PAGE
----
An emerging industry in the service sector

How do we define commodity? I suggest it be a package of energy-matter on which we could impose a value. Here is perhaps an outlandish example of that: online scamming. Sure we all feel disgusted about such unruly, unlawful beasts coming from places like Africa or other underdeveloped regions. The exploitation of internet transcommunication has shortened the distance between the criminal and victim. The idea of transaction cost has been scaled to a minimum. It is a platform that truly exposes the talents from a pool of 6 billion people on earth, and not just modularized by artificial geographical boundary or providential background. In a way that really catalyzed the whole process of cognizance evolution, despite the negative effect on well-established, well-to-do communities like many in america or europe.
  If we look at scamming more closely, what happened on the psychological level is that the alleged victim gets a certain adrenoline rush from delivering their hard-earned money to this faraway stranger. The bewitching tone in the baiting message must be so captivating that one could experience a completely new perspective on his life, be it a refreshing romantic affair, a godsend fortune, or whatnot, the same effect as accomplished by the quotidian use of controlled substances. And the cool thing is such experience does not incur legality of any sort, unlike using drugs which has a two-way blockade. After all who would care if you throw away your money to help someone living in those places unsalvageable by political or economical means? You are a savior by God’s sake and without investment return. After all the moral justification of victimizing yourself in these scandalous dealings, one could even pat on his shoulder and say truthfully that victim is not the most appetizing term to present himself to the public eyes. A consumer, perhaps in an unconventional sense, would be more apposite. We could excruciatingly examine all the criteria for such a transaction to be considered a bartering exchange, but intuitively speaking, one sees how the consumer benefits from his distribution of his capital, despite all the social ridicule as well as self-abandoming aftermaths. One also finds a certain intrinsic value in the commodity that he purchases: the scammer has to work real hard to convince his "buyer" that the goods are indeed good, and furthermore that they exist! Of course since machine hasn’t been advanced enough to replace human thought process, especially in the realm of persuasiveness and romantic innuendos, we sorta prove existence by being humans ourselves. A still stronger evidence for the legitimacy of commercializing scams is that there are so many people doing that! And not so few who fall victim every year either. After all a market that consists of only a few players cannot be baptized into the league of other capitalistic enterprises as easily as one who already encapsulates a tremendous amount of profitable momentum. And in case my starting sentence didn’t seem to ring a bell in you, the value of such exotic transaction is of course simply calculated by the amount one loses. We are always talking about economic value here, not personal, judgmental or spiritual values, which belong rather to the domain of humanity.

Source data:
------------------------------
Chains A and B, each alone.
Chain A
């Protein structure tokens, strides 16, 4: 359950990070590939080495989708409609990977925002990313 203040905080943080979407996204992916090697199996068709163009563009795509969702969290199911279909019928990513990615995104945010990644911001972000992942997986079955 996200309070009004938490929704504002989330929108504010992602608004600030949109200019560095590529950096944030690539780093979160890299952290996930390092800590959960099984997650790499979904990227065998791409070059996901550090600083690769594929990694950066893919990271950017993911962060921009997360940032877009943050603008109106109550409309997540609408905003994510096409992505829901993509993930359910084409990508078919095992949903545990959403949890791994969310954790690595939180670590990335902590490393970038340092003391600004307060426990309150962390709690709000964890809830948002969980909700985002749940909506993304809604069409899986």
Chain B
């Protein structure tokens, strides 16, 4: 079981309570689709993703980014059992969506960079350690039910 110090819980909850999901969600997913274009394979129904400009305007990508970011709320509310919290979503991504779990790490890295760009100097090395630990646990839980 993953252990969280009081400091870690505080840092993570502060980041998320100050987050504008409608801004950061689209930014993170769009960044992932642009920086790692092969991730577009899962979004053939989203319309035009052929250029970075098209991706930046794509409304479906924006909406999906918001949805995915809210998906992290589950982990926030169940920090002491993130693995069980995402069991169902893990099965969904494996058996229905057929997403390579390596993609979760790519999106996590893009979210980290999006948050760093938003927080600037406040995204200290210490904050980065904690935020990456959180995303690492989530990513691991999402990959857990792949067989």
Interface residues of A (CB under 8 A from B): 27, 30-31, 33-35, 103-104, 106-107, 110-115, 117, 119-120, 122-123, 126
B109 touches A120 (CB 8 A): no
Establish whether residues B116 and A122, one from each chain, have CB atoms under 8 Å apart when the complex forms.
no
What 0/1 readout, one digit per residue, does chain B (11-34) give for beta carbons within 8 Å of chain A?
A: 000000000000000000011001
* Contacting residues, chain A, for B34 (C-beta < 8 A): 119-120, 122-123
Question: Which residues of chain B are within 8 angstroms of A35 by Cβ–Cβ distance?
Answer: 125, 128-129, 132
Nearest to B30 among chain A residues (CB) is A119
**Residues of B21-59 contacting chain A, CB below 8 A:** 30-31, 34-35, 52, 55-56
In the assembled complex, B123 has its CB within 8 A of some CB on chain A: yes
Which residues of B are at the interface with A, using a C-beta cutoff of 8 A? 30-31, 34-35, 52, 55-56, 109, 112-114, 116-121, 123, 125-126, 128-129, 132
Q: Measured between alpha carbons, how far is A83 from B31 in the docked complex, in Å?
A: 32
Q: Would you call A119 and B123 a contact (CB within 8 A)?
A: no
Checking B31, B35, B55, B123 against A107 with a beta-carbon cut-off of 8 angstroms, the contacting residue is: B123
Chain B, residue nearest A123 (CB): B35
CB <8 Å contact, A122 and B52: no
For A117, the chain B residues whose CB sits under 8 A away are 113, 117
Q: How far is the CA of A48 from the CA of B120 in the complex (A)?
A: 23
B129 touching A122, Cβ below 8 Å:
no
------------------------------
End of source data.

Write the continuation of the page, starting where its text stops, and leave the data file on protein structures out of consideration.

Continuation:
About aquazorcarson

math PhD at Stanford, studying probability
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